the government's objection, the Court awarded Norman a
two-level reduction for acceptance of responsibility.
Crim. Doc. 70 at 177-178. However, in light of
Norman's arguments that many of her fraudulent claims
were actually legitimate, the government exercised its
discretion to withhold its assent to the reduction of a third
point. Crim. Doc. 70 at 177-178. In all, the Court
fixed Norman's total offense level at 30. Crim. Doc.
70 at 180. And, applying the factors set out in 18
U.S.C. 3553(a), the Court sentenced Norman to 105 months'
imprisonment with a three-year term of supervised release.
Crim. Doc. 70 at 187-194; see also Crim. Doc.
66. The Court noted that it would have imposed the same
sentence even if the government had moved for a one-level
reduction under U.S.S.G. § 3E1.1(b). Crim. Doc. 70
at 187-194. Norman did not file a direct appeal.
section 2255 motion raises 16 claims of ineffective
assistance of counsel. Although she does not present her
claims in chronological order, the Court assesses them that
way: first addressing her claims that counsel was ineffective
with respect to her plea agreement, and then addressing her
challenges of counsel's performance at sentencing.
INEFFECTIVE ASSISTANCE OF COUNSEL CLAIMS
Sixth Amendment to the United States Constitution guarantees
a defendant reasonably effective assistance of counsel at all
critical stages of a criminal proceeding. See Cuyler v.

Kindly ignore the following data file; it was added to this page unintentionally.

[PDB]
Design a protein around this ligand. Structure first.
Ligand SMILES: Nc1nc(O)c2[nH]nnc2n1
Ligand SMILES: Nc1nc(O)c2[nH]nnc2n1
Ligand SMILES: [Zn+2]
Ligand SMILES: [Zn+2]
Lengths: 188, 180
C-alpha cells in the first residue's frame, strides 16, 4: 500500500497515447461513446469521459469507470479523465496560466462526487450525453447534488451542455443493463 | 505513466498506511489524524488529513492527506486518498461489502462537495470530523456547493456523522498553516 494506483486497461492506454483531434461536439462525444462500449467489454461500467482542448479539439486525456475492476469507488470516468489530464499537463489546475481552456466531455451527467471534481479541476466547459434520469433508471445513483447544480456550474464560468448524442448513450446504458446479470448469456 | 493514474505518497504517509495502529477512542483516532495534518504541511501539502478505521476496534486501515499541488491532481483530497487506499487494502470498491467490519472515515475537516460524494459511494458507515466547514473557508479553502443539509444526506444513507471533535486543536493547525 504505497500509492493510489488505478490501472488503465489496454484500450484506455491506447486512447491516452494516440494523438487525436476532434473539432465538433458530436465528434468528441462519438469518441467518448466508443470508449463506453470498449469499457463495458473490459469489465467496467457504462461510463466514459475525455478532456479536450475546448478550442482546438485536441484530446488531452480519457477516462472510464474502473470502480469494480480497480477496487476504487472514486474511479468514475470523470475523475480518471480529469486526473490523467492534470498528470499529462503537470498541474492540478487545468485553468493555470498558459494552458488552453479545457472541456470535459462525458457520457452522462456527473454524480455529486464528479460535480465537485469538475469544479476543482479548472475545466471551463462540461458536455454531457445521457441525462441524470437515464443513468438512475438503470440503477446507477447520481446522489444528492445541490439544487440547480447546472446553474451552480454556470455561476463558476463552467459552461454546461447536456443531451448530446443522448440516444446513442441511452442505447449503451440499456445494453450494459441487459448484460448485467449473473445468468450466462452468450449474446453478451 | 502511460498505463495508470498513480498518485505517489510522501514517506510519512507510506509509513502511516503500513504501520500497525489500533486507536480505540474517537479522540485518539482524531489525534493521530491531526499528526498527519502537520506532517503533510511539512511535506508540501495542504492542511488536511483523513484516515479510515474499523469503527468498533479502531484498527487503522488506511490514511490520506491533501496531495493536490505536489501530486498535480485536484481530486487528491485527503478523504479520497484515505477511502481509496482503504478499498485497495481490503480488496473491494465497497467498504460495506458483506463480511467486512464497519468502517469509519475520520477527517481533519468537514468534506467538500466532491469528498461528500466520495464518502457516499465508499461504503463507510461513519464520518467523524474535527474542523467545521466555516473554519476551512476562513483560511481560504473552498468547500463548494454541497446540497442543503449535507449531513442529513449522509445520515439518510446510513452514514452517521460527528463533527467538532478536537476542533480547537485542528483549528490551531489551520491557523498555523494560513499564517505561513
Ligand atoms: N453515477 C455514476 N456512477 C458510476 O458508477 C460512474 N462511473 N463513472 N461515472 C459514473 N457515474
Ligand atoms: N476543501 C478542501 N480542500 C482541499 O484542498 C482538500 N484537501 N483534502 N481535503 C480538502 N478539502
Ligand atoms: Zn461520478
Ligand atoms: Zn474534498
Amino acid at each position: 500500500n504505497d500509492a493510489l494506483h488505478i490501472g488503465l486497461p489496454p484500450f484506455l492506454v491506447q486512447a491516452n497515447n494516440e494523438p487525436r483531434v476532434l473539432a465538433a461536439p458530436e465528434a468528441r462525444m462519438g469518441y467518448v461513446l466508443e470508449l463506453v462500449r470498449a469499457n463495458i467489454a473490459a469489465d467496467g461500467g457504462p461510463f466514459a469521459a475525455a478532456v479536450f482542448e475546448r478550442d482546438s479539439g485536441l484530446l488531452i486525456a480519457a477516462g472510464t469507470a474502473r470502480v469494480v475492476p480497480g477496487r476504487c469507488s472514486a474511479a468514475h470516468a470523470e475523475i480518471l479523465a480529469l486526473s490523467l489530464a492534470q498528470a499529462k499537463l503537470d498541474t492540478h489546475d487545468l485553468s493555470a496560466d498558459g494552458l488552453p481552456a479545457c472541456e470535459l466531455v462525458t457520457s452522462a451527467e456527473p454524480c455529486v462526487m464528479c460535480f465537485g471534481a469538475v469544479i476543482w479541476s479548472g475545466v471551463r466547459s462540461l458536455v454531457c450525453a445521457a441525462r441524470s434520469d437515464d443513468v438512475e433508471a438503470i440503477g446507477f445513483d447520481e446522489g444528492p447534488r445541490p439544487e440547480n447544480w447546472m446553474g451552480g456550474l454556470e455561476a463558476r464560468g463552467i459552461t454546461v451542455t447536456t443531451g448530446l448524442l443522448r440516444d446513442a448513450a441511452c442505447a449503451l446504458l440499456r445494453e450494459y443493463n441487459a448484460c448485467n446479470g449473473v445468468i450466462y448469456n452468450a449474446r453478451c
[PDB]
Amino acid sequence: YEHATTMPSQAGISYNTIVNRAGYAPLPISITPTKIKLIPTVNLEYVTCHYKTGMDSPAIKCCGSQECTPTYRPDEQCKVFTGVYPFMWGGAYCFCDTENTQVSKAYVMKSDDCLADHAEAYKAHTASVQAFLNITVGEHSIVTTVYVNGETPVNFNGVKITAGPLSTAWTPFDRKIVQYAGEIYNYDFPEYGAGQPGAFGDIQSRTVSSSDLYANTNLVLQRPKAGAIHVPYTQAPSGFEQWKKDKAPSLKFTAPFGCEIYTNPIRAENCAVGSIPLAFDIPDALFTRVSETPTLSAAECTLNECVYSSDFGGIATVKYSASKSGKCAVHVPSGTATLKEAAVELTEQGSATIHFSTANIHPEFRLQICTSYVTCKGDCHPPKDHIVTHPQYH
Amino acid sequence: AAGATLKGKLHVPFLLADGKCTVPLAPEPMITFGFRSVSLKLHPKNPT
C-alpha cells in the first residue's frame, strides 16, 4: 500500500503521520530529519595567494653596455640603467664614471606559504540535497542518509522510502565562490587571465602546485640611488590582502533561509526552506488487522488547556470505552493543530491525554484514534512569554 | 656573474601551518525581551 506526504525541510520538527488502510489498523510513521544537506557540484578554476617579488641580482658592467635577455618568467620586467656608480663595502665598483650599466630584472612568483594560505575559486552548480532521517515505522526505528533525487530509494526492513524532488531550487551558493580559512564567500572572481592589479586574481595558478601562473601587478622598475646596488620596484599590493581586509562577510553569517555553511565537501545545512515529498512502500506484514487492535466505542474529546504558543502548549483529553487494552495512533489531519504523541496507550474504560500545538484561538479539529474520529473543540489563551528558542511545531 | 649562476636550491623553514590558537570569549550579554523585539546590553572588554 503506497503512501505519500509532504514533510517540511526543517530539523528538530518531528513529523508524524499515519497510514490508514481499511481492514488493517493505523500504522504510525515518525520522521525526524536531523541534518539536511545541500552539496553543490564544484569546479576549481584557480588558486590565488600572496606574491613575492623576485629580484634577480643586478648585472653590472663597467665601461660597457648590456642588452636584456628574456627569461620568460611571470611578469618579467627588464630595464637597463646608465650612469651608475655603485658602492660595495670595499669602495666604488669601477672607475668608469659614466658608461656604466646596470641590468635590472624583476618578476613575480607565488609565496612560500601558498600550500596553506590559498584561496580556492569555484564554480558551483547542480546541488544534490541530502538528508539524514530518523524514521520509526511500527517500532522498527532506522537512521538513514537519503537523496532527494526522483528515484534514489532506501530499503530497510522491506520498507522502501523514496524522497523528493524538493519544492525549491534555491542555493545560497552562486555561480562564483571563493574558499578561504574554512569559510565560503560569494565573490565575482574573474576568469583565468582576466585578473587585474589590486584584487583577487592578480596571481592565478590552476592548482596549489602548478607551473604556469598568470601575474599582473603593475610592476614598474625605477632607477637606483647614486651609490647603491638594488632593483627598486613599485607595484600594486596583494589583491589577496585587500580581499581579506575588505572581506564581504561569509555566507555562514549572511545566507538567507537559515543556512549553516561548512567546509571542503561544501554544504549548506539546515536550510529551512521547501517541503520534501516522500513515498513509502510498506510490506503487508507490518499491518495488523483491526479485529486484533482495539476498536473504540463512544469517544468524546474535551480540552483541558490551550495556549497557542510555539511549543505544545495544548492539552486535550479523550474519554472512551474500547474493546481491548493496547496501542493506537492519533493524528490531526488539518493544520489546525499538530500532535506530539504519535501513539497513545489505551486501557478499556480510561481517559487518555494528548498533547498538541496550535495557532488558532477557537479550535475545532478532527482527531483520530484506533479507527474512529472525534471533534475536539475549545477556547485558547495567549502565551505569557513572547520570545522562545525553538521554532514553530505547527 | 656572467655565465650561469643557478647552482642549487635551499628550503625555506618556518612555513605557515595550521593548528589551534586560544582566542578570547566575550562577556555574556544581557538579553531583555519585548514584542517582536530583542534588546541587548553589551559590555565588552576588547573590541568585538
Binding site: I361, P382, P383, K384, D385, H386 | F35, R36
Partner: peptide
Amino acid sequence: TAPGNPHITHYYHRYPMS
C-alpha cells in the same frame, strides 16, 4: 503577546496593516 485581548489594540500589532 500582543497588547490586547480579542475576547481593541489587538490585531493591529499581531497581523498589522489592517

Sullivan, 446 U.S. 335, 344 (1980). To obtain
post-conviction relief on a claim that her counsel was
constitutionally ineffective, Norman must satisfy the
two-pronged test set out in Strickland v.
Washington, 466 U.S. 668 (1984). First, she must show
that counsel's performance fell below an objective
standard of reasonable professional service. See
Id. at 687. Second, she must establish that his
counsel's substandard performance caused prejudice.
See id. at 691-92.
Counsel's Performance at the Plea Stage
Claim 14-counsel's failure to secure Norman's
knowing and voluntary agreement to plead guilty.
claim (14), Norman argues that her counsel was ineffective in
negotiating her plea agreement and encouraging her to accept
first challenges her plea counsel's investigation into
her case, claiming that he provided ineffective assistance by
failing to “move [the] Court to request a copy of the
government's file and/or evidence against [her].”
Doc. 4 at 20. To succeed on her challenge to her
counsel's investigation into her case, Norman is required
to “allege with specificity what [further]
investigation would have revealed and how it would have
altered the outcome” of the proceeding. United
States v. Green, 882 F.2d 999, 1003 (5th Cir. 1989). But
Norman has done neither. She makes no attempt to show what-if
anything-counsel would have discovered had he moved the Court
for additional discovery. And she offers no explanation as to
how any additional discovery would have impacted the outcome
of her proceedings. Thus, Norman is not entitled to relief on
her claim that counsel failed to conduct an adequate pre-plea
next alleges that her counsel was ineffective because he
never explained to her the concept of relevant conduct-that